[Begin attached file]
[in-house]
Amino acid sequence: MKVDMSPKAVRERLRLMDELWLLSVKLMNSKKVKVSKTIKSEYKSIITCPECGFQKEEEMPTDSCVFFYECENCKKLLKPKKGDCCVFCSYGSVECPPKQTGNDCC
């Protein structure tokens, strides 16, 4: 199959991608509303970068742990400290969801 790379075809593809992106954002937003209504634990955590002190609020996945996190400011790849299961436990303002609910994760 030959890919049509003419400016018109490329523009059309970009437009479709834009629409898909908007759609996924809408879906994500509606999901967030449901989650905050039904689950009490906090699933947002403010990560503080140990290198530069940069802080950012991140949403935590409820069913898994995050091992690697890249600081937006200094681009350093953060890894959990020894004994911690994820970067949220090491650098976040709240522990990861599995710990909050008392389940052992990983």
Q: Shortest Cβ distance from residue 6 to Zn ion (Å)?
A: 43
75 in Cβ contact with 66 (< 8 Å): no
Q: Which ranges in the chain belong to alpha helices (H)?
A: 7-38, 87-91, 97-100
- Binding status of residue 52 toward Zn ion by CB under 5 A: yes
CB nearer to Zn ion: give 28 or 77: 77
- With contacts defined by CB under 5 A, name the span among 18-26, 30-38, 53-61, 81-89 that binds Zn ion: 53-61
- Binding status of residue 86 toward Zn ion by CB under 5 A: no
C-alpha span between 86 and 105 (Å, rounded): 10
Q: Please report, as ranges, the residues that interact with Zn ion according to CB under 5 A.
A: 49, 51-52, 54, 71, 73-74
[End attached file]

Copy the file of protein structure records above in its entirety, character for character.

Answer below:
[in-house]
Amino acid sequence: MKVDMSPKAVRERLRLMDELWLLSVKLMNSKKVKVSKTIKSEYKSIITCPECGFQKEEEMPTDSCVFFYECENCKKLLKPKKGDCCVFCSYGSVECPPKQTGNDCC
């Protein structure tokens, strides 16, 4: 199959991608509303970068742990400290969801 790379075809593809992106954002937003209504634990955590002190609020996945996190400011790849299961436990303002609910994760 030959890919049509003419400016018109490329523009059309970009437009479709834009629409898909908007759609996924809408879906994500509606999901967030449901989650905050039904689950009490906090699933947002403010990560503080140990290198530069940069802080950012991140949403935590409820069913898994995050091992690697890249600081937006200094681009350093953060890894959990020894004994911690994820970067949220090491650098976040709240522990990861599995710990909050008392389940052992990983």
Q: Shortest Cβ distance from residue 6 to Zn ion (Å)?
A: 43
75 in Cβ contact with 66 (< 8 Å): no
Q: Which ranges in the chain belong to alpha helices (H)?
A: 7-38, 87-91, 97-100
- Binding status of residue 52 toward Zn ion by CB under 5 A: yes
CB nearer to Zn ion: give 28 or 77: 77
- With contacts defined by CB under 5 A, name the span among 18-26, 30-38, 53-61, 81-89 that binds Zn ion: 53-61
- Binding status of residue 86 toward Zn ion by CB under 5 A: no
C-alpha span between 86 and 105 (Å, rounded): 10
Q: Please report, as ranges, the residues that interact with Zn ion according to CB under 5 A.
A: 49, 51-52, 54, 71, 73-74